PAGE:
So, why the delay?
Kimbrough's explanation is simple: He wanted to wait until he had had enough time to get to know Dillard so that Dillard would have enough time to know him.
Because of the wait, "I have a sense of place," Kimbrough, 46, said a few days before the ceremony.
"You don't want people giving these inaugural speeches after three months because they really don't know what they're talking about. People want you to be engaged, and that's what I like."
That started early on, when he and his wife, Adria, bought Dillard vanity plates for their cars. The reaction, he said, was instantaneous and positive: "We know you're here."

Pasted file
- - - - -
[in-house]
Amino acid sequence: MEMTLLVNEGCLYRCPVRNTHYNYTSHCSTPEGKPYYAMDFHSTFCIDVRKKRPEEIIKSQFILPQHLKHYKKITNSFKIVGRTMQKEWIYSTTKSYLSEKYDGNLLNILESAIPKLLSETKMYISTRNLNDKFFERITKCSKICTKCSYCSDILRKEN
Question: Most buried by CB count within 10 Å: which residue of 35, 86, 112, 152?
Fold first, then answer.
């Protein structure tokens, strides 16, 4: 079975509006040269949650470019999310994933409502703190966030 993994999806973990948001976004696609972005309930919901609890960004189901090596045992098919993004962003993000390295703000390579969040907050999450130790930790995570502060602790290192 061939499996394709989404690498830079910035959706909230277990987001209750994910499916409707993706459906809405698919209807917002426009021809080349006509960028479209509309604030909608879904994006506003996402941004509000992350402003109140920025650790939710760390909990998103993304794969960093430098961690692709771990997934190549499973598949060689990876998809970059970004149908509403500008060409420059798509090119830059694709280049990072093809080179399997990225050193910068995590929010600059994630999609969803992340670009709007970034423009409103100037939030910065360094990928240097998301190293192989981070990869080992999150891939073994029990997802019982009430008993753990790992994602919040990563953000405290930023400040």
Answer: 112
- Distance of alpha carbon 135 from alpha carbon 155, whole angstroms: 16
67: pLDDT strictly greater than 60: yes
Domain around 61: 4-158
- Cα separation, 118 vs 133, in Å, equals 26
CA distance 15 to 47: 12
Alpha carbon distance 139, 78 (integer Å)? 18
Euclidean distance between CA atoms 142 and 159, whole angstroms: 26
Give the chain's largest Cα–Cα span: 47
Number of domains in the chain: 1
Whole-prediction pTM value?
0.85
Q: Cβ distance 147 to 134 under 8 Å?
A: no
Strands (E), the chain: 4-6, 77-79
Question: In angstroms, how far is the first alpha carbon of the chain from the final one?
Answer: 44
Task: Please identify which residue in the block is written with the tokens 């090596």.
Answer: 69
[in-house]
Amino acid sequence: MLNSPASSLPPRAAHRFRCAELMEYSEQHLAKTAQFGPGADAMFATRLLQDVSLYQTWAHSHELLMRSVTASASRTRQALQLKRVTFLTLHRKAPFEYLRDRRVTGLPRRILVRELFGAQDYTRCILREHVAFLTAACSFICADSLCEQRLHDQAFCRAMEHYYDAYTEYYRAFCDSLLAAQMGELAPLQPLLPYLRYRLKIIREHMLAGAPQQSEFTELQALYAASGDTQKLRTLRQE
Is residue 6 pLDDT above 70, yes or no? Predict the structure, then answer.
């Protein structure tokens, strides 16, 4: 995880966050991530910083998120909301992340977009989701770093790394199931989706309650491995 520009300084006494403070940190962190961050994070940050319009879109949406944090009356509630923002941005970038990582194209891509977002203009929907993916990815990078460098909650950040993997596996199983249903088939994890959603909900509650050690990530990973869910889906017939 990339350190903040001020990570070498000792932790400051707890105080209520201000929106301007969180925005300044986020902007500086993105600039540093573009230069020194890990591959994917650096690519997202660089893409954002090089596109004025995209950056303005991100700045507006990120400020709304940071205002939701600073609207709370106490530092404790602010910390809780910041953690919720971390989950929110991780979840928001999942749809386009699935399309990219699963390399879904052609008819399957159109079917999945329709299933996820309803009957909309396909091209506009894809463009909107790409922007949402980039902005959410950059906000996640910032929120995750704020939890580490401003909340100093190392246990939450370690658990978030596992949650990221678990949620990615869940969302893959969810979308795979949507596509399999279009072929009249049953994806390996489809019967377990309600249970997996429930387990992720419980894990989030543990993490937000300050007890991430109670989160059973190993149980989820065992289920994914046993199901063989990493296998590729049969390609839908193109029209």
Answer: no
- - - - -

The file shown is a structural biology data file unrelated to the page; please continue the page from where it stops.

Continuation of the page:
Kimbrough has shown up at off-campus meetings where he can represent the Dillard brand, and he has let it be known that he's approachable. "I can't go anywhere on campus and get from Point A to Point B without somebody stopping to say, 'Hey, how are you doing?'" he said. "I've been in meetings the last three days in Cleveland and Charlotte. A student sent me a text, 'Is everything OK? I haven't seen you in forever.' That's refreshing."
Kimbrough, who grew up in Atlanta, said that goes with the territory. "When you're in the South, you have to embrace the people so people can love on you," he said.